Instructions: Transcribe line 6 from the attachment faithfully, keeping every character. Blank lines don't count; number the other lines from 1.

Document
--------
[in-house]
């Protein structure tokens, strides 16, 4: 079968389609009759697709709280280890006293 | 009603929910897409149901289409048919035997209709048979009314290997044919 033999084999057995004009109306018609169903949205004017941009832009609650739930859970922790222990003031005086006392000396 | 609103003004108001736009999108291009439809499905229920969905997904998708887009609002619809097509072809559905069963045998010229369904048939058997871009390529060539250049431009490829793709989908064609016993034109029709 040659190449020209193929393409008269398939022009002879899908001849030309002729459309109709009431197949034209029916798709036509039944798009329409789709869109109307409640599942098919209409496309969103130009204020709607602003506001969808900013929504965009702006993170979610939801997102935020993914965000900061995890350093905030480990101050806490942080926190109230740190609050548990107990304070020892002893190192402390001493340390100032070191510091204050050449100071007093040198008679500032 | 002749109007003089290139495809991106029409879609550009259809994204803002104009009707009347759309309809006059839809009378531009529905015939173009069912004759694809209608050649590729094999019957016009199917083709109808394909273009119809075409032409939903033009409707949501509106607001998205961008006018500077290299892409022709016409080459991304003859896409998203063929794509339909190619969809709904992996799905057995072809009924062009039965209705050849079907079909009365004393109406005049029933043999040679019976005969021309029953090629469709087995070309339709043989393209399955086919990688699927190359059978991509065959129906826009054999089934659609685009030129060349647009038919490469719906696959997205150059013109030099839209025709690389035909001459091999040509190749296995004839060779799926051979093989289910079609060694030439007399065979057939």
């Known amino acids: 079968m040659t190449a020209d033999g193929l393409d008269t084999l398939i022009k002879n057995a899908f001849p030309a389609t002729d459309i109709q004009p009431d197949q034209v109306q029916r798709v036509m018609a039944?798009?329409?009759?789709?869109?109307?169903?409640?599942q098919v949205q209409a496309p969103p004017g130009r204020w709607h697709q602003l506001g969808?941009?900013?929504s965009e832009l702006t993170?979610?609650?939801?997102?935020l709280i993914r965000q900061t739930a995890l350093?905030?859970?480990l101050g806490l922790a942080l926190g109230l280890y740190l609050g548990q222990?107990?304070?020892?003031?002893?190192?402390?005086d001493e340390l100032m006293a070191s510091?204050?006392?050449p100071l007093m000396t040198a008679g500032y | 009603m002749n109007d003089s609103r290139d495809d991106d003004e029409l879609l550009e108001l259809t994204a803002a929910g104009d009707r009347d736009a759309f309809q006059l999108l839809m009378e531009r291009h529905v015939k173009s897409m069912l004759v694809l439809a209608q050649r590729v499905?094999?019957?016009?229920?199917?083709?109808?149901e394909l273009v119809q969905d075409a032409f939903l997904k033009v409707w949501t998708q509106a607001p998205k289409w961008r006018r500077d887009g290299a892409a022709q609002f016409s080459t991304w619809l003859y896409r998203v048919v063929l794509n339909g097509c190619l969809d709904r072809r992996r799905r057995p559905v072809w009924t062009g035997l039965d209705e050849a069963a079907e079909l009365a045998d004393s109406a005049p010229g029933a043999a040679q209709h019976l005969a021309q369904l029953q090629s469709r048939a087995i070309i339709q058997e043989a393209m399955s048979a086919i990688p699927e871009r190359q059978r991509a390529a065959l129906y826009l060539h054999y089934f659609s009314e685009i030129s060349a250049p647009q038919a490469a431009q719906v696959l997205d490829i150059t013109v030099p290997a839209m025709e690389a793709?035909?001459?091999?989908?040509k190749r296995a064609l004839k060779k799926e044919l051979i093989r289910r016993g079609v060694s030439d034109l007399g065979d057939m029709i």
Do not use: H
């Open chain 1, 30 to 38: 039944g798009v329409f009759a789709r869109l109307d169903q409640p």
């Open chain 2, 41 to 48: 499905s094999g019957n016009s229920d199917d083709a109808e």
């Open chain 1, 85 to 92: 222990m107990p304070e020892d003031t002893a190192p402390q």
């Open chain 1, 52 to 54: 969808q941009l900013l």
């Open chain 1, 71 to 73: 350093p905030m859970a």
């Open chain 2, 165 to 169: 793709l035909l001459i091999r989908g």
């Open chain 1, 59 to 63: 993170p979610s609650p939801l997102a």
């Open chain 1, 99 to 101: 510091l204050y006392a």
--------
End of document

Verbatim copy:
């Open chain 2, 41 to 48: 499905s094999g019957n016009s229920d199917d083709a109808e």